We stayed after the sermon for the info session on opportunities for how we can begin to love orphans. I know that it can be a really long process, so my thought is to just get our own process started by asking questions and getting information. We also need to begin praying about it– for God to prepare our hearts, our child, and that we will trust him in his timing.

The Story Team that Brian and I are a part of made a video that was shared today. I want to share it with you all as well. Bust out the tissue before watching– it’s a good one. I hope you guys enjoy it.

Jacob Chen – An Adoption Story from The Austin Stone on Vimeo.

Eternity

One of the trillion things we’ve learned about God in Women’s Development is his attribute of eternity. God doesn’t exist in time like we know time. He’s past, present, and future all at once.

I hope I’m not alone in saying that this blows my mind. But I guess that it should, as I am completely bound by time. I can’t escape it– it is an intrinsic part of my experience here on earth.

So, when I began studying this eternity attribute, I got really confused. At first, it came across to me as a scary concept. If God doesn’t work in time the way that I do, then why should he care about this small thing that is happening in my life right now? If he can walk in the Garden of Eden, speak at Christ’s baptism, and be worshipped in the New Creation all at once, then why should he be present for me when I have a bad day and feel really sad?

Thank God that I kept studying him.

It’s not that he’s so occupied in doing all of these other things that seem so much more meaningful to me than my silly day. That’s not the reality at all. Rather, God’s eternity means that he’s not entangled by time. He doesn’t get caught up in it as we do. He exists above time. This allows him to be present in every single second of my life.

I’m in awe of this. I cannot comprehend this entirely, but it fills me with such joy to know that my Creator is here with me in everything. I am never alone. There is nothing he does not know or somehow missed because his head was turned. And in meditating on this, I feel so loved. He never leaves my side.

Also in my thinking on time, I’m struck by this: our purpose on this earth is to glorify God. That’s it. That’s why we were created. When I think of how few moments in each day I am actually living out that purpose, I am deeply convicted. God doesn’t just show up when we’re glorifying him, obeying him, or reading his Word– no, our God is there for every second of my selfishness, every minute that I seek the approval of people, and every hour that I waste with distraction. I pray that on the day I sit before him on the judgment seat of Christ, the moments that he sees where I fulfilled my purpose will be so many more than exist to date.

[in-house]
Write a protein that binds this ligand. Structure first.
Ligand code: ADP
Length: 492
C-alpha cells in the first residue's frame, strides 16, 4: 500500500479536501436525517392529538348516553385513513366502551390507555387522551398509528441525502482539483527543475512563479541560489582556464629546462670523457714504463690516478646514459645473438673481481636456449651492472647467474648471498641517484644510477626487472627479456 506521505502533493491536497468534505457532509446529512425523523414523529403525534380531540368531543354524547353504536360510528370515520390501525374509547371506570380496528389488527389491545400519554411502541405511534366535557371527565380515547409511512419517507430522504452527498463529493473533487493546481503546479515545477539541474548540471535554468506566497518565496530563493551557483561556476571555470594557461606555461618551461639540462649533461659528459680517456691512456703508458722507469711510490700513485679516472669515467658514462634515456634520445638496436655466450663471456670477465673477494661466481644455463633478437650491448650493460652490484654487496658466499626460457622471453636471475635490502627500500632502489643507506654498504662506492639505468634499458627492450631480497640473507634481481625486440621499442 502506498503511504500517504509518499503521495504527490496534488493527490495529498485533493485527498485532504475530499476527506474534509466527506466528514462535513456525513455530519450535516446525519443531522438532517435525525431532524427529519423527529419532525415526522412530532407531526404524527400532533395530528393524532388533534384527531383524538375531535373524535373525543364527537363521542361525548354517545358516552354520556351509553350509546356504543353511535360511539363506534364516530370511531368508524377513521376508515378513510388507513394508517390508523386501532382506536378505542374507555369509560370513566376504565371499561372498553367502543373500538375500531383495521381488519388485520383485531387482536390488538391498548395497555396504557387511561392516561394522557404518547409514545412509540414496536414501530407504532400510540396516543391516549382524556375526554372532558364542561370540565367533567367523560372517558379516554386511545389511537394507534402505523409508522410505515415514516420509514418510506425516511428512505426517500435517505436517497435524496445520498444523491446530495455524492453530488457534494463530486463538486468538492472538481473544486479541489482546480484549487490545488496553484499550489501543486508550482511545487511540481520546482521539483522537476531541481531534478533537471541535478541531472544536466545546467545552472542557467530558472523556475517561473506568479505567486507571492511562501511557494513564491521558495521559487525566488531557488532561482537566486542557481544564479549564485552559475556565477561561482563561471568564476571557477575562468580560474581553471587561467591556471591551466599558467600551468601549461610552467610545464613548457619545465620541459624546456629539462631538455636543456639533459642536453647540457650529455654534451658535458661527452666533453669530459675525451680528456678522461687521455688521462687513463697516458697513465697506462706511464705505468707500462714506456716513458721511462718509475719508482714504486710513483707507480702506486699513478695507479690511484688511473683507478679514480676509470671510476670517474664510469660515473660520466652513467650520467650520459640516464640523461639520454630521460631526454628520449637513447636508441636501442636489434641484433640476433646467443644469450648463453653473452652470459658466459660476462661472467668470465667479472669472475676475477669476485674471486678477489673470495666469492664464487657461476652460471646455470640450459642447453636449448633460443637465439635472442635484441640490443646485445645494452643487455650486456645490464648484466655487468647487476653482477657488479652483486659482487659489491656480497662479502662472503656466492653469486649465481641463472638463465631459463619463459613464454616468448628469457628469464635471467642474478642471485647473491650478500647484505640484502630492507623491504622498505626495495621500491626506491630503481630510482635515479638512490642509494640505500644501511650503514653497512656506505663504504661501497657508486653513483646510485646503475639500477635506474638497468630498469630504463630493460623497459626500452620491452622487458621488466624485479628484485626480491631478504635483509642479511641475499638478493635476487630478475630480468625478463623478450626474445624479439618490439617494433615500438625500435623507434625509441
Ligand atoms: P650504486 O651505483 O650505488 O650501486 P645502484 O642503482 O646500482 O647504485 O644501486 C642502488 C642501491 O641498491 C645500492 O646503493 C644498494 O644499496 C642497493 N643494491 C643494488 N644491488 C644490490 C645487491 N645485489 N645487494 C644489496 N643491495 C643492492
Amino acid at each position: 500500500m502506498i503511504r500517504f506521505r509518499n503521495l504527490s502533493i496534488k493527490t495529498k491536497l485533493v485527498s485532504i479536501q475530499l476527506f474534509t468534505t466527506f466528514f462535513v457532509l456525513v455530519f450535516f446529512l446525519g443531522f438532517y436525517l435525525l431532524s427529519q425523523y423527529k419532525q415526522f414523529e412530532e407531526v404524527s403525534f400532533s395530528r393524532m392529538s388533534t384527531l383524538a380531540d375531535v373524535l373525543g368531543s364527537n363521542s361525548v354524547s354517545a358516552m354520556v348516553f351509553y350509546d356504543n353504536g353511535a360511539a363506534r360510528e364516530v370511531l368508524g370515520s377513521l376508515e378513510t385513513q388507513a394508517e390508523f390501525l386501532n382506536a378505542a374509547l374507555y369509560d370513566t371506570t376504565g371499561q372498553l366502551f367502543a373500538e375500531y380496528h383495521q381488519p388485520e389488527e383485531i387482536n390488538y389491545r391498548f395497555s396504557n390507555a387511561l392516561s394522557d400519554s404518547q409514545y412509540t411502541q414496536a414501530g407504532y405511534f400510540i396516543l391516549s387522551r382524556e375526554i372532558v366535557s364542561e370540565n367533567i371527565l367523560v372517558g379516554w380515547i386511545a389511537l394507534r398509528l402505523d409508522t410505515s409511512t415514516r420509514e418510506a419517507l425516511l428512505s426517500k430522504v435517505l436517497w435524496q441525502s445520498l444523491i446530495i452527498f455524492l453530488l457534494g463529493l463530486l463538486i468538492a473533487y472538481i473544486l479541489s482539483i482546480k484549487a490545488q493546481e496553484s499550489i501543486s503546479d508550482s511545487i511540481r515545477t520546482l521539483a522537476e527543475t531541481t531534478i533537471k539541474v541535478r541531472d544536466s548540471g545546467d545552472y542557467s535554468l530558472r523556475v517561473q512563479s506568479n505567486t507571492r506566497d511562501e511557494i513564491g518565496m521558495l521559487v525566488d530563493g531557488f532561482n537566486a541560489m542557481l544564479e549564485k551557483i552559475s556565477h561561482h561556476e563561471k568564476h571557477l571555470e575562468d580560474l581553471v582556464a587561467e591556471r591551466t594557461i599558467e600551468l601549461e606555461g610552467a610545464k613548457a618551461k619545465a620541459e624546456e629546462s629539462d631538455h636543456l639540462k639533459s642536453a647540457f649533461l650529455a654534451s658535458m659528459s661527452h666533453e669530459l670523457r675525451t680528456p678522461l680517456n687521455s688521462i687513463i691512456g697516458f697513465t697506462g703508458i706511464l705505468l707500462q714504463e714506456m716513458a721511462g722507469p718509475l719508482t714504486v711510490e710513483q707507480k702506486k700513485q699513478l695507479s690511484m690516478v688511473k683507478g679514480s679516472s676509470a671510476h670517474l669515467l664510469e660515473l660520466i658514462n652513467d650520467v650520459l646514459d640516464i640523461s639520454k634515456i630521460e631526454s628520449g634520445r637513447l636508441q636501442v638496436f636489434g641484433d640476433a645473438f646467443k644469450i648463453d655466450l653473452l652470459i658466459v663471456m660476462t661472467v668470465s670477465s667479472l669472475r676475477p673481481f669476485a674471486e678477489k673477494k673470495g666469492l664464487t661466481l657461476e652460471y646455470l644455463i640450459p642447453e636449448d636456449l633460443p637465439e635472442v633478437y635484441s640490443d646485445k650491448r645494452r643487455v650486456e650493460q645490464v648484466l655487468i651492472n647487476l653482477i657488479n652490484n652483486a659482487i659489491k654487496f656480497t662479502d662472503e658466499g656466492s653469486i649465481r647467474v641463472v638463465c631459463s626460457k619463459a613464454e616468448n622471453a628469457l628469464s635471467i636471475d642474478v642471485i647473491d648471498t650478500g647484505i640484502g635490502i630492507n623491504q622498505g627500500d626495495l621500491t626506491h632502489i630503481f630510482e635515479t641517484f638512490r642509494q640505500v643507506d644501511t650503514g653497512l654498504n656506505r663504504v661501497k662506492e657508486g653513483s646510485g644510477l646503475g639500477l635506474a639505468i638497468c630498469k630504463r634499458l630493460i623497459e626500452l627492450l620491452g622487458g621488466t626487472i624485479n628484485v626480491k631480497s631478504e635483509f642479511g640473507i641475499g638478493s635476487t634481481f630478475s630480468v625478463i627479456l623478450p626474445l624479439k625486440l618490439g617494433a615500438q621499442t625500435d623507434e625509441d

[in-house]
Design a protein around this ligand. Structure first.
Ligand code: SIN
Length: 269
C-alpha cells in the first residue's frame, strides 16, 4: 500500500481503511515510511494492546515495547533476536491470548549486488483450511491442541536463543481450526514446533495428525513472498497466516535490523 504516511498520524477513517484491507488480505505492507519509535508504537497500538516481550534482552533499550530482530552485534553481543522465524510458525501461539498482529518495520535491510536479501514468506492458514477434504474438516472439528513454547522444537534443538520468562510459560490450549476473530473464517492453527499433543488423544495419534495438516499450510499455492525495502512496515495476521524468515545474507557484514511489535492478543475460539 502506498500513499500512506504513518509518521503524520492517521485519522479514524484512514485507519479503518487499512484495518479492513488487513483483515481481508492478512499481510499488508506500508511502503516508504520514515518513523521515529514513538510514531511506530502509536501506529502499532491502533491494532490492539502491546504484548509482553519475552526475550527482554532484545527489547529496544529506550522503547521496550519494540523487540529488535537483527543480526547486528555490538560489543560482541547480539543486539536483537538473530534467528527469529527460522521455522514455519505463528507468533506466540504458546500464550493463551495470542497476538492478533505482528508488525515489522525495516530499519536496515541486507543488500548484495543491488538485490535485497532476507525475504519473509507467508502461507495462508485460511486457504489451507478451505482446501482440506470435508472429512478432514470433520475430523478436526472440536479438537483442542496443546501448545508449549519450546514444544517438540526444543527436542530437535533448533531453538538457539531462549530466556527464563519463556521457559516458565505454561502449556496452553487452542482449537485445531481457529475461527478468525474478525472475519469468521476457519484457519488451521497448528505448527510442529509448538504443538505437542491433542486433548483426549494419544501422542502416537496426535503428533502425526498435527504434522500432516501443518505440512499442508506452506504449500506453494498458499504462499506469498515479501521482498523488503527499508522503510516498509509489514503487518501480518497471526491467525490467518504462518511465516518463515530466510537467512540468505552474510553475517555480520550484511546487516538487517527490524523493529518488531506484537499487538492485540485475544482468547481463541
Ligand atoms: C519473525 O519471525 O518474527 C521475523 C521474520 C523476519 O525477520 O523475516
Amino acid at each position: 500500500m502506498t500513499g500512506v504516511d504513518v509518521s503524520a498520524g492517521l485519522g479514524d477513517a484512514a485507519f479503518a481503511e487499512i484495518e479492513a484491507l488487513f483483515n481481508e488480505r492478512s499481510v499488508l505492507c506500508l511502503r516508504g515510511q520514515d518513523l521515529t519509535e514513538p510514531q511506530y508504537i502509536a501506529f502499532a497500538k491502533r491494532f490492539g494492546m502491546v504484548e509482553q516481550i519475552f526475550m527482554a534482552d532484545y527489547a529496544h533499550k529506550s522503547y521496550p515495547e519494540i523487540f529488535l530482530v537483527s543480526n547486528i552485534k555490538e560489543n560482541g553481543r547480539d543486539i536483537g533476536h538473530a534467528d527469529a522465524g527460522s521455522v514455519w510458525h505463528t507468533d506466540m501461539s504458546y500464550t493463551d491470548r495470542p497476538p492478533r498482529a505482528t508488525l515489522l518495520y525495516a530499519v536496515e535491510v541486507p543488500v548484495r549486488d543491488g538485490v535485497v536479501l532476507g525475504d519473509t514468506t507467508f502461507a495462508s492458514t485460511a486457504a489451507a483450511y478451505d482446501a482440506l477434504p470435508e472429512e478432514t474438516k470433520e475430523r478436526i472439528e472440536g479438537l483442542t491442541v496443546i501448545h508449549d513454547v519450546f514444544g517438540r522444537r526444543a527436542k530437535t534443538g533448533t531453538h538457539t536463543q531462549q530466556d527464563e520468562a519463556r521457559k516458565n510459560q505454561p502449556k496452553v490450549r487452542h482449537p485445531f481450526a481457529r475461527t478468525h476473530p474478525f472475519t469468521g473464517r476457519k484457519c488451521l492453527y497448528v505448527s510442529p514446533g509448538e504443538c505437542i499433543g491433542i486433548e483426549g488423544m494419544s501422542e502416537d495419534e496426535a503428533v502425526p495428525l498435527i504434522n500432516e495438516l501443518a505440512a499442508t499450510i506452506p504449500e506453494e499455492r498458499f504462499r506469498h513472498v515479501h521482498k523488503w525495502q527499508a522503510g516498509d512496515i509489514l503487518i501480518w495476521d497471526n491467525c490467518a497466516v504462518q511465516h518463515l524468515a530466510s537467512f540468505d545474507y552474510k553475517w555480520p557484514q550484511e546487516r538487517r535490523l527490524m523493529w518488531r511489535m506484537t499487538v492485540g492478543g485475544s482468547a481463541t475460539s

A lot of failure

Last night I posted about priorities, and how so far in our marriage I have not really taken Lindsey’s priorities up as my own. This has caused tension, and a few arguments. My post and our discussion yesterday had me thinking all day today, and I kept coming back to one thing: I am called to love and serve Lindsey. That is my primary duty as a husband, and honestly it is something I want to do well. Yet, I fail. Consistently.

This failure is no surprise to… well, anyone. People are not perfect; we are all broken and have our failings and blind spots. The biggest implication of our brokenness in a marriage can be seen in a simple math problem:

1 person who fails + 1 person who fails = a lot of failure

As I have posted before, getting married does not solve your problems. It doubles them. This may seem too simple of an explanation, but my guess is that any married person, anyone with siblings, or really anyone who doesn’t live alone in the wilderness knows this to be true. This is the profound, and yet faulty, ground upon which all human relationships are built.

Because this is the case, we only have two options: we can play the game of balancing wrong against wrong and apology against apology, or we can extend grace to one another and tear down the scoreboard. In our house we strive for the latter, but I confess that I often revert back to scorekeeping. I’m like the soccer dad whose kid plays in a no-score league and yet can’t help but to keep track of the goals on his iPhone from the sidelines.

So today my prayers and actions have been towards two goals. I have sought to look to the example of the one who washed his followers feet and sacrificed all for them, and serve my wife first. Second, I have confessed that I cannot change myself on my own, I need God to change my heart. That’s the only way to fix anything within me.

“Will it work?” you ask. I dont know for sure, but I have faith that it will.